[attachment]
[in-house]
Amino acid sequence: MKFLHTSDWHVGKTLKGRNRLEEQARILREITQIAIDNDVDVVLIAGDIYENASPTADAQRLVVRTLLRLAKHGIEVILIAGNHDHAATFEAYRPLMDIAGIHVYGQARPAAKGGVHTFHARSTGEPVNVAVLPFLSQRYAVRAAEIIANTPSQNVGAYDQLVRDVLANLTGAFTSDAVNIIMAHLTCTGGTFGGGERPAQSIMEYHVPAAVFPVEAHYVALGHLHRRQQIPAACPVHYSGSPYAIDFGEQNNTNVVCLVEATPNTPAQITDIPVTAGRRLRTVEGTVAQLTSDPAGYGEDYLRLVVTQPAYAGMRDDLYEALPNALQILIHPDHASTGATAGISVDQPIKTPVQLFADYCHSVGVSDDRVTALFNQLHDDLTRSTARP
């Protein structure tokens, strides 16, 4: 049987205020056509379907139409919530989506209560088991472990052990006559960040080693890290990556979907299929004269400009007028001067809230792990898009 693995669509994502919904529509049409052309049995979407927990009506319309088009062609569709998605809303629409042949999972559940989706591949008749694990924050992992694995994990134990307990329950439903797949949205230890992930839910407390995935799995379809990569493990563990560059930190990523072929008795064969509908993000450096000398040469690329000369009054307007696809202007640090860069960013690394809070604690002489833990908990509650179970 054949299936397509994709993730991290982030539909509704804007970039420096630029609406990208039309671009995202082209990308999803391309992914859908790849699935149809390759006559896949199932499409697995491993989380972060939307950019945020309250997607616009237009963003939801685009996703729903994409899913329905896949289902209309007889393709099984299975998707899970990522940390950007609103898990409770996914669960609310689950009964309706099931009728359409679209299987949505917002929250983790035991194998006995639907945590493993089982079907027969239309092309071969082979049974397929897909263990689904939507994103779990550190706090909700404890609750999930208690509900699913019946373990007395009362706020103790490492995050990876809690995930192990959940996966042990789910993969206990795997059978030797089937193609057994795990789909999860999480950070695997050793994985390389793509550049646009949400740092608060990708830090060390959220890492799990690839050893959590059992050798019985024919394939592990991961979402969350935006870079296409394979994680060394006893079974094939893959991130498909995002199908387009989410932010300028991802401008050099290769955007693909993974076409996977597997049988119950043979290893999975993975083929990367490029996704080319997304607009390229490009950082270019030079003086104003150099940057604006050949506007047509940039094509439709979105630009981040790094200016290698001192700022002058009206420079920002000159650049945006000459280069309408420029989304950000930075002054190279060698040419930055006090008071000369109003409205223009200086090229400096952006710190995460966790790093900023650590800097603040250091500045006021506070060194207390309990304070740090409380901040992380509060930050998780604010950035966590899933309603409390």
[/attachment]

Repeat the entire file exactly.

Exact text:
[in-house]
Amino acid sequence: MKFLHTSDWHVGKTLKGRNRLEEQARILREITQIAIDNDVDVVLIAGDIYENASPTADAQRLVVRTLLRLAKHGIEVILIAGNHDHAATFEAYRPLMDIAGIHVYGQARPAAKGGVHTFHARSTGEPVNVAVLPFLSQRYAVRAAEIIANTPSQNVGAYDQLVRDVLANLTGAFTSDAVNIIMAHLTCTGGTFGGGERPAQSIMEYHVPAAVFPVEAHYVALGHLHRRQQIPAACPVHYSGSPYAIDFGEQNNTNVVCLVEATPNTPAQITDIPVTAGRRLRTVEGTVAQLTSDPAGYGEDYLRLVVTQPAYAGMRDDLYEALPNALQILIHPDHASTGATAGISVDQPIKTPVQLFADYCHSVGVSDDRVTALFNQLHDDLTRSTARP
């Protein structure tokens, strides 16, 4: 049987205020056509379907139409919530989506209560088991472990052990006559960040080693890290990556979907299929004269400009007028001067809230792990898009 693995669509994502919904529509049409052309049995979407927990009506319309088009062609569709998605809303629409042949999972559940989706591949008749694990924050992992694995994990134990307990329950439903797949949205230890992930839910407390995935799995379809990569493990563990560059930190990523072929008795064969509908993000450096000398040469690329000369009054307007696809202007640090860069960013690394809070604690002489833990908990509650179970 054949299936397509994709993730991290982030539909509704804007970039420096630029609406990208039309671009995202082209990308999803391309992914859908790849699935149809390759006559896949199932499409697995491993989380972060939307950019945020309250997607616009237009963003939801685009996703729903994409899913329905896949289902209309007889393709099984299975998707899970990522940390950007609103898990409770996914669960609310689950009964309706099931009728359409679209299987949505917002929250983790035991194998006995639907945590493993089982079907027969239309092309071969082979049974397929897909263990689904939507994103779990550190706090909700404890609750999930208690509900699913019946373990007395009362706020103790490492995050990876809690995930192990959940996966042990789910993969206990795997059978030797089937193609057994795990789909999860999480950070695997050793994985390389793509550049646009949400740092608060990708830090060390959220890492799990690839050893959590059992050798019985024919394939592990991961979402969350935006870079296409394979994680060394006893079974094939893959991130498909995002199908387009989410932010300028991802401008050099290769955007693909993974076409996977597997049988119950043979290893999975993975083929990367490029996704080319997304607009390229490009950082270019030079003086104003150099940057604006050949506007047509940039094509439709979105630009981040790094200016290698001192700022002058009206420079920002000159650049945006000459280069309408420029989304950000930075002054190279060698040419930055006090008071000369109003409205223009200086090229400096952006710190995460966790790093900023650590800097603040250091500045006021506070060194207390309990304070740090409380901040992380509060930050998780604010950035966590899933309603409390």